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Ketogenic diet, amino acid metabolism, and seizure control

Authors

  • Marc Yudkoff,

    Corresponding author
    1. Division of Child Development and Rehabilitation, Children's Hospital of Philadelphia and Department of Pediatrics, University of Pennsylvania School of Medicine, Philadelphia, Pennsylvania
    • Division of Child Development and Rehabilitation, Children's Hospital of Philadelphia, 34th St. and Civic Center Blvd., Philadelphia, PA 19104
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  • Yevgeny Daikhin,

    1. Division of Child Development and Rehabilitation, Children's Hospital of Philadelphia and Department of Pediatrics, University of Pennsylvania School of Medicine, Philadelphia, Pennsylvania
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  • Ilana Nissim,

    1. Division of Child Development and Rehabilitation, Children's Hospital of Philadelphia and Department of Pediatrics, University of Pennsylvania School of Medicine, Philadelphia, Pennsylvania
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  • Adam Lazarow,

    1. Division of Child Development and Rehabilitation, Children's Hospital of Philadelphia and Department of Pediatrics, University of Pennsylvania School of Medicine, Philadelphia, Pennsylvania
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  • Itzhak Nissim

    1. Division of Child Development and Rehabilitation, Children's Hospital of Philadelphia and Department of Pediatrics, University of Pennsylvania School of Medicine, Philadelphia, Pennsylvania
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Abstract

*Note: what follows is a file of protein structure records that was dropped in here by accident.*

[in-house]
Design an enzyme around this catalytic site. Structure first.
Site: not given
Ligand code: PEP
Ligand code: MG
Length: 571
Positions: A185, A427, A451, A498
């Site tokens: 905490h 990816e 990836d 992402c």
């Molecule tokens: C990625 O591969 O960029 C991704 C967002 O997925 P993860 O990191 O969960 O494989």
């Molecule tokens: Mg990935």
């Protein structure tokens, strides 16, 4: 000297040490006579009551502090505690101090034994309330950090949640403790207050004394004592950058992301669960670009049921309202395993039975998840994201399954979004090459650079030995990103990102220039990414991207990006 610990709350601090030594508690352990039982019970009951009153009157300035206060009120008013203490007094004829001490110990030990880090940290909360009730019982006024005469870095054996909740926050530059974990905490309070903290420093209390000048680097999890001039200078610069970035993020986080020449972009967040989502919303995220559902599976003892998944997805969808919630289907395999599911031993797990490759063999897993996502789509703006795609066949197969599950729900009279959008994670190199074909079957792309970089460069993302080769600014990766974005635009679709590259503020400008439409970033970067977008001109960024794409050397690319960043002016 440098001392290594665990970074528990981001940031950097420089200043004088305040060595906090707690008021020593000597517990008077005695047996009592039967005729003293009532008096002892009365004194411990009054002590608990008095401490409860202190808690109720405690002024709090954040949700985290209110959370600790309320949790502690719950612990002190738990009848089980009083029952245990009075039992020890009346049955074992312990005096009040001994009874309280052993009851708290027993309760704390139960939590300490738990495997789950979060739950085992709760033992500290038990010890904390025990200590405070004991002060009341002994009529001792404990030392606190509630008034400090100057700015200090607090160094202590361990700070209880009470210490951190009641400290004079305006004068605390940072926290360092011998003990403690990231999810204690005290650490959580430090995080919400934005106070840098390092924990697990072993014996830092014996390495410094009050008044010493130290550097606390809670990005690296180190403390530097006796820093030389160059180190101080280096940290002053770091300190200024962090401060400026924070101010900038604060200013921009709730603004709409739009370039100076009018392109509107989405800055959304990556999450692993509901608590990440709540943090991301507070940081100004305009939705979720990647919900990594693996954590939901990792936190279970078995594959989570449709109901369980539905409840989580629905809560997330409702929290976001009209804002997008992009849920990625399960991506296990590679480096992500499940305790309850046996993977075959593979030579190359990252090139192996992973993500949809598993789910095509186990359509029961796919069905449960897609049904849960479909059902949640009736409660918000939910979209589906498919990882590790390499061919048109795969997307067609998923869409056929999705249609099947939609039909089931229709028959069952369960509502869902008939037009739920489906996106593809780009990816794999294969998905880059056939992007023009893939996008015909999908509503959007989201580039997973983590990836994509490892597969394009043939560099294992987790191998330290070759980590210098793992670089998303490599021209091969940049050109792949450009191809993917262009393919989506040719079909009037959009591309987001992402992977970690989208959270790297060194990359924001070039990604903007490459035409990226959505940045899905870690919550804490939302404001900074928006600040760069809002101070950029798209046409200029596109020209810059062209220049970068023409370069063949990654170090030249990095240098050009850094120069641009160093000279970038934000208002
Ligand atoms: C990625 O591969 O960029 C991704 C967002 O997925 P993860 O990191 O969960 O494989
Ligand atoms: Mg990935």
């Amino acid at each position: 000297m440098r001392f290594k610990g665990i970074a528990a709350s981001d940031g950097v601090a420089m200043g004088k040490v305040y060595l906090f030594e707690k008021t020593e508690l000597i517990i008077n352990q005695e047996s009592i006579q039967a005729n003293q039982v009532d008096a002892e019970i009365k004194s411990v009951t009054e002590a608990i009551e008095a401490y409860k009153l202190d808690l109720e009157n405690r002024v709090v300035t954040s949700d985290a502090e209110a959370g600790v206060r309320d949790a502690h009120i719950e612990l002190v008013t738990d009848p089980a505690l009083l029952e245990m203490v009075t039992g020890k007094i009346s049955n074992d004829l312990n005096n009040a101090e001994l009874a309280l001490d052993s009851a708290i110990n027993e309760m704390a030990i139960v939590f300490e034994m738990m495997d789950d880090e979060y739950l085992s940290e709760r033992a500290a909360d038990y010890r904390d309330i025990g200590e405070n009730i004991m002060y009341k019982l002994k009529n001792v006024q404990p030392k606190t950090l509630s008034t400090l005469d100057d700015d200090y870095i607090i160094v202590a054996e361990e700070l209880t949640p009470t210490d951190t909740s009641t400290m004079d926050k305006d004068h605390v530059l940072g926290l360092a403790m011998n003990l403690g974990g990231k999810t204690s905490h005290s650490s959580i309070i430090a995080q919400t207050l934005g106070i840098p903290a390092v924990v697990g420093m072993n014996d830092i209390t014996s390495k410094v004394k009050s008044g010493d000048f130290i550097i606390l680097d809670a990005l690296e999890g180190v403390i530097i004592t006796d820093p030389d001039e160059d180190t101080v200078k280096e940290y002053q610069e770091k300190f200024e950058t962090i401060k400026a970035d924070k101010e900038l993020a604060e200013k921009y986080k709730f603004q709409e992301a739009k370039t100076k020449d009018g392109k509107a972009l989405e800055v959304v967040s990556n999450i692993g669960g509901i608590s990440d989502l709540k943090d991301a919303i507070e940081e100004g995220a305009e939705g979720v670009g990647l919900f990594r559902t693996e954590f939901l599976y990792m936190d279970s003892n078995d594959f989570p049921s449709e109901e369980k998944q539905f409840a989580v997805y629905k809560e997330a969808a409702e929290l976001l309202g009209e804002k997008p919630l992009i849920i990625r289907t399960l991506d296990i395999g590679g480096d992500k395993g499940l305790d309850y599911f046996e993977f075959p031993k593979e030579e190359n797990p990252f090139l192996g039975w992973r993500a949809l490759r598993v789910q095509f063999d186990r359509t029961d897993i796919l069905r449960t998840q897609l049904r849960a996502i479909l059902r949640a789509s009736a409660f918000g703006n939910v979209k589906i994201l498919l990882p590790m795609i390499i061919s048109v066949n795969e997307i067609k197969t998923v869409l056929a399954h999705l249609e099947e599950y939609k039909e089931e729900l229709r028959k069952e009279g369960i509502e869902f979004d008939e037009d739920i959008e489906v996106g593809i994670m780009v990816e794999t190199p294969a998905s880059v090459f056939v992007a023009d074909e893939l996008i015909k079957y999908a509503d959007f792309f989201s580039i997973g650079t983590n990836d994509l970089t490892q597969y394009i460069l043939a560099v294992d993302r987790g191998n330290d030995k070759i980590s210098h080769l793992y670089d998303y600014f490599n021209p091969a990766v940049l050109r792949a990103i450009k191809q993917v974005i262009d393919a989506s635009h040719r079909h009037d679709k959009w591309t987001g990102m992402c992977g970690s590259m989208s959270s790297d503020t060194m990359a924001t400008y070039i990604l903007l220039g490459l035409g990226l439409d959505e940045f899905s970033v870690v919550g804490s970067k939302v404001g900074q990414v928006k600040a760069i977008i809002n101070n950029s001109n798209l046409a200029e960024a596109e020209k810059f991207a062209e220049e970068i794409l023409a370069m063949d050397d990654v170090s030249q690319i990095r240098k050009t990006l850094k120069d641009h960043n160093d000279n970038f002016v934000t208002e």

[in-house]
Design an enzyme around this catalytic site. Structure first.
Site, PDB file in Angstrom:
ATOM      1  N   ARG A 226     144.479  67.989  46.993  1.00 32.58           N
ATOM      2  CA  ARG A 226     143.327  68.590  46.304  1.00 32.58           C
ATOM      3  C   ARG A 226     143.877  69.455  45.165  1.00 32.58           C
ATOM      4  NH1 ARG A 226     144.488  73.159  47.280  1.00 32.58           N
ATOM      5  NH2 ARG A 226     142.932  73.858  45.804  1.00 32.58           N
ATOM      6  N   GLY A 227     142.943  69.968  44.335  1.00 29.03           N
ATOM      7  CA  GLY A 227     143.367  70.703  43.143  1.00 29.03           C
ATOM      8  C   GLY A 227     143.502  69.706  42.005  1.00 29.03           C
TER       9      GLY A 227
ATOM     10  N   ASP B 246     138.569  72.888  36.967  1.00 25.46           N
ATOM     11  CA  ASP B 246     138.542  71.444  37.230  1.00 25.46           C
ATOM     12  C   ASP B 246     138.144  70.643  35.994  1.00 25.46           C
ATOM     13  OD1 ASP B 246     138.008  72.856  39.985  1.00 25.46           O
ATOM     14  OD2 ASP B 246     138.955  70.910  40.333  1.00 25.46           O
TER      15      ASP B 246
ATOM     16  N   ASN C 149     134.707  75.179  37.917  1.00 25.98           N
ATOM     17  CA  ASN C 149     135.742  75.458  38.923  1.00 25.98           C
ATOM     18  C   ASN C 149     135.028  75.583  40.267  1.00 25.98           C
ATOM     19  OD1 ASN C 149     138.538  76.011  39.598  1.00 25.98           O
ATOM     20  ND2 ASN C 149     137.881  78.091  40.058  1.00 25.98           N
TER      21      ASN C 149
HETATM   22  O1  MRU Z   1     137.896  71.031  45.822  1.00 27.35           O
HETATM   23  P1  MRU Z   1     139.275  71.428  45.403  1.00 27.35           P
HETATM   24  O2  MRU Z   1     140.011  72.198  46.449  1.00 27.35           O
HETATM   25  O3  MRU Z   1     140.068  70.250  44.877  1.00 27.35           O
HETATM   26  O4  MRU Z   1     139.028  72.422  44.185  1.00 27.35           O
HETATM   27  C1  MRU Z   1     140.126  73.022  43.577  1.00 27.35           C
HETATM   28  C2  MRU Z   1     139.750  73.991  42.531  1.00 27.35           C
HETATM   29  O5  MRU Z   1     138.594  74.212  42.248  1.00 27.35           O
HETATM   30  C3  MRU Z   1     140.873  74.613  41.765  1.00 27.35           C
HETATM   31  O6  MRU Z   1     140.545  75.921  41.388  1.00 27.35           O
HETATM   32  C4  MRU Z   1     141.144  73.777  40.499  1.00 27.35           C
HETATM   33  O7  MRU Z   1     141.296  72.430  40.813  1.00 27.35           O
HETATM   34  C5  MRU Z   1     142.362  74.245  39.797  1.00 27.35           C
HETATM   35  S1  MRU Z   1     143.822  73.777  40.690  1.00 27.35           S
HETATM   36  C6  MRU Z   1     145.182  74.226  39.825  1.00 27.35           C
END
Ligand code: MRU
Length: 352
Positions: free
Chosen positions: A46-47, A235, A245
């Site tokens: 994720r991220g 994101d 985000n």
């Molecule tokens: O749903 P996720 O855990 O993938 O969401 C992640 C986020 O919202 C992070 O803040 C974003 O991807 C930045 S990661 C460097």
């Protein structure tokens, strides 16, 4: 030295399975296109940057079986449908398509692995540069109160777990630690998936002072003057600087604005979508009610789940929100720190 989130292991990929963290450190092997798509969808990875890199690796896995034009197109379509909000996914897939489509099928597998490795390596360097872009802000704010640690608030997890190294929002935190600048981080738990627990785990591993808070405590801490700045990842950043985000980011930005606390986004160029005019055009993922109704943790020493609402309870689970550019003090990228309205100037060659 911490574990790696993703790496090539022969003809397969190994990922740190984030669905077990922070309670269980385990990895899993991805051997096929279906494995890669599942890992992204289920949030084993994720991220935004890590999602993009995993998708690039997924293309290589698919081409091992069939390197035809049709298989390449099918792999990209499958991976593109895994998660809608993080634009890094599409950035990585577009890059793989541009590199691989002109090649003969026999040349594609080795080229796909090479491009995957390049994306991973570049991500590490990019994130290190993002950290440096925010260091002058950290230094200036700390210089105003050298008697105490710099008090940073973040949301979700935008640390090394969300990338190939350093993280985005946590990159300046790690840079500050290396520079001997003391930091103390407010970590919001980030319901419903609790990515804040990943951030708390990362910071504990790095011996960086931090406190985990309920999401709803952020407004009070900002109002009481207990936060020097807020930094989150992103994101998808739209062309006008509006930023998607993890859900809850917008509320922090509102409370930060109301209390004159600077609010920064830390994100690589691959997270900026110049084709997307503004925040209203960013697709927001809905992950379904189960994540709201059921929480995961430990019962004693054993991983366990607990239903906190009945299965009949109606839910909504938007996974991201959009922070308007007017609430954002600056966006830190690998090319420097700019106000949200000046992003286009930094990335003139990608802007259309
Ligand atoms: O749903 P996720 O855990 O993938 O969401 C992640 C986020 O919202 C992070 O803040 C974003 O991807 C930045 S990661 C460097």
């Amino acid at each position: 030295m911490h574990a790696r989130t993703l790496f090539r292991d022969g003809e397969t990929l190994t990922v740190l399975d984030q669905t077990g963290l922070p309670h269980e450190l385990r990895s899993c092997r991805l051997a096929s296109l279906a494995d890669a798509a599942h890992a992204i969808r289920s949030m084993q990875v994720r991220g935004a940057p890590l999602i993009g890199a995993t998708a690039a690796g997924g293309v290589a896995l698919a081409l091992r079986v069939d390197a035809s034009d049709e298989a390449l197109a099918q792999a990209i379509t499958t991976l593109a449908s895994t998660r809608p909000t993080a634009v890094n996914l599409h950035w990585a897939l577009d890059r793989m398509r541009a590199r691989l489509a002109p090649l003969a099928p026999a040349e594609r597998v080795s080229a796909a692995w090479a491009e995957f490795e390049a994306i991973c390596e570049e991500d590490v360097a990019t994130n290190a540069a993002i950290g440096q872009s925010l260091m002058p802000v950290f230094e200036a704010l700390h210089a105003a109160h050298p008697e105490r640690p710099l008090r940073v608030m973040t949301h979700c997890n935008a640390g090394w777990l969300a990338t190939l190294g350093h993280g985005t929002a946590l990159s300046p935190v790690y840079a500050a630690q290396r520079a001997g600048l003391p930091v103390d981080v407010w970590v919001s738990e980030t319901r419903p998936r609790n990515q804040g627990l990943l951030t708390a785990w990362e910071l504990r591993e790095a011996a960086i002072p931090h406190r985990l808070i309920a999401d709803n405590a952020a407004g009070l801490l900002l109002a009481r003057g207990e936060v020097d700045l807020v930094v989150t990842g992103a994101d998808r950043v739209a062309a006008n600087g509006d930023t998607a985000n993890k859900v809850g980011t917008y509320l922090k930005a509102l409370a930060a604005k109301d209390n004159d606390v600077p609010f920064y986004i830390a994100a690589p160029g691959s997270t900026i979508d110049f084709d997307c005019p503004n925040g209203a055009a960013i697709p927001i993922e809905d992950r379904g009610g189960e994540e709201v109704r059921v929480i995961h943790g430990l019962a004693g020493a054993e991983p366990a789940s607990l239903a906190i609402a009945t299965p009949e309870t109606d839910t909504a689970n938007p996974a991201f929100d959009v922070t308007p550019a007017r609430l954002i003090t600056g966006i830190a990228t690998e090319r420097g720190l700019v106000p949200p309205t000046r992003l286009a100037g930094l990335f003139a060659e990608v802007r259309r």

The ketogenic diet has been utilized for many years as an adjunctive therapy in the management of epilepsy, especially in those children for whom antiepileptic drugs have not permitted complete relief. The biochemical basis of the dietary effect is unclear. One possibility is that the diet leads to alterations in the metabolism of brain amino acids, most importantly glutamic acid, the major excitatory neurotransmitter. In this review, we explore the theme. We present evidence that ketosis can lead to the following: 1) a diminution in the rate of glutamate transamination to aspartate that occurs because of reduced availability of oxaloacetate, the ketoacid precursor to aspartate; 2) enhanced conversion of glutamate to GABA; and 3) increased uptake of neutral amino acids into the brain. Transport of these compounds involves an uptake system that exchanges the neutral amino acid for glutamine. The result is increased release from the brain of glutamate, particularly glutamate that had been resident in the synaptic space, in the form of glutamine. These putative adaptations of amino acid metabolism occur as the system evolves from a glucose-based fuel economy to one that utilizes ketone bodies as metabolic substrates. We consider mechanisms by which such changes might lead to the antiepileptic effect. © 2001 Wiley-Liss, Inc.

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